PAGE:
The tenements were acquired for 4 million ordinary shares at an issue price of $0.055/share.

Tenure right next to historic gold mine

The largest tenement (E52/3898) covers exploration ground adjacent to the historic Wilthorpe shallow open cut gold mine.

The mine straddles the boundary of new tenement E52/3898 and an adjacent E52/2059, held by Westgold Resources (ASX:WGX).

It was mined by Dominion Mining from 1993-94, producing 4,650 ounces of gold from 72,817 tonnes of ore grading 2.0 g/t gold.

And there has been limited gold exploration since.

Based on the reported mineral occurrences, Bryah considers the tenement package highly prospective for copper, gold, and manganese.

Pic: Tenement location plan

Exploration planning underway

The company will shortly commence a thorough desktop review of all historical exploration reports as well as its own extensive database.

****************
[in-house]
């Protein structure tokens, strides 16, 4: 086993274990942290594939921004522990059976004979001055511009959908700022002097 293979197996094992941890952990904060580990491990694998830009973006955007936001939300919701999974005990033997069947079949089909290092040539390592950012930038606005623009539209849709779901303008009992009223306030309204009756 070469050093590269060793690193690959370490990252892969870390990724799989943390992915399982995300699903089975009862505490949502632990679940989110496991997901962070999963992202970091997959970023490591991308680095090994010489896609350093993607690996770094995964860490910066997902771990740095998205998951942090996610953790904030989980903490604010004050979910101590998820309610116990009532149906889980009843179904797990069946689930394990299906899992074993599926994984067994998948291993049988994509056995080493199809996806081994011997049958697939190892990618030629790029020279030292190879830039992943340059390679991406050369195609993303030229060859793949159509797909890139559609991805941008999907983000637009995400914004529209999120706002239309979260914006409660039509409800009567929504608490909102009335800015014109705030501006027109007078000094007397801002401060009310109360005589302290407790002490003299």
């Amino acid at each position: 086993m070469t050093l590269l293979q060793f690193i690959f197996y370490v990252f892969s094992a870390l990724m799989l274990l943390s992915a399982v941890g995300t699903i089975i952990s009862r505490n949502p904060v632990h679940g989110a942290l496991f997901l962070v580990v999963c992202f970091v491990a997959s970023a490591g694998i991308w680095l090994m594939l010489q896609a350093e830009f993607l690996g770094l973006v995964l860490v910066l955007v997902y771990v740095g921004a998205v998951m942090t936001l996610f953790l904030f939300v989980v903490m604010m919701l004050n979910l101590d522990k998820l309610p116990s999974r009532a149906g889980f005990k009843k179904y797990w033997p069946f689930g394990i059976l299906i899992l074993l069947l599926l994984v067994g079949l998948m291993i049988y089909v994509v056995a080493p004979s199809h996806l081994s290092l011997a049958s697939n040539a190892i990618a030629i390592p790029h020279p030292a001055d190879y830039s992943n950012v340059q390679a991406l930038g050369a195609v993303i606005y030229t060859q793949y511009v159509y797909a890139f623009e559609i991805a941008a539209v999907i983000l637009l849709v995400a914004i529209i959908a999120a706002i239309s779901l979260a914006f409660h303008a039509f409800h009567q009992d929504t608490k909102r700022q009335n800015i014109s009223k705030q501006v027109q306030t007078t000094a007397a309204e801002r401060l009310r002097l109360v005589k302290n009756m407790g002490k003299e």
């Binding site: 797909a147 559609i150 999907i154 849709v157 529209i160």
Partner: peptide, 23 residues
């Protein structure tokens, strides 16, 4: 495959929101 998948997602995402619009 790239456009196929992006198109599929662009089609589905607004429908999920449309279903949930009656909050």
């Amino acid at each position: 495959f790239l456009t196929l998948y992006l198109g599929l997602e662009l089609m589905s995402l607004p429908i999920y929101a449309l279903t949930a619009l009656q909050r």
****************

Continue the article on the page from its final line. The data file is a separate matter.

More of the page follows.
The data review will support a detailed phase of exploration planning, ahead of ground exploration activities.

In the meantime, reverse circulation drilling is underway at Bryah’s manganese JV, in a 2000m program fully funded by partner OM Holdings.

 


 

 

This article was developed in collaboration with Bryah Resources, a Stockhead advertiser at the time of publishing.

 

This article does not constitute financial product advice. You should consider obtaining independent advice before making any financial decisions.

 

The post Bryah nabs strategic exploration ground around namesake project appeared first on Stockhead.

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Economics

US stocks march on, lifted by business optimism

Benchmark US indices closed higher for the second consecutive day on Thursday September 23 lifted by positive sentiments from Fed s economic outlook…

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Benchmark US indices closed higher for the second consecutive day on Thursday, September 23, lifted by positive sentiments from Fed’s economic outlook.

The S&P 500 was up 1.21% to 4,448.98. The Dow Jones rose 1.48% to 34,764.82. The NASDAQ Composite rose 1.04% to 15,052.24, and the small-cap Russell 2000 was up 1.82% to 2,259.04.

Traders ignored the weak unemployment data released by the Labor Department on Thursday, which showed new jobless benefits claims rose by 16,000 to 351,000 in the week ended Sep 18.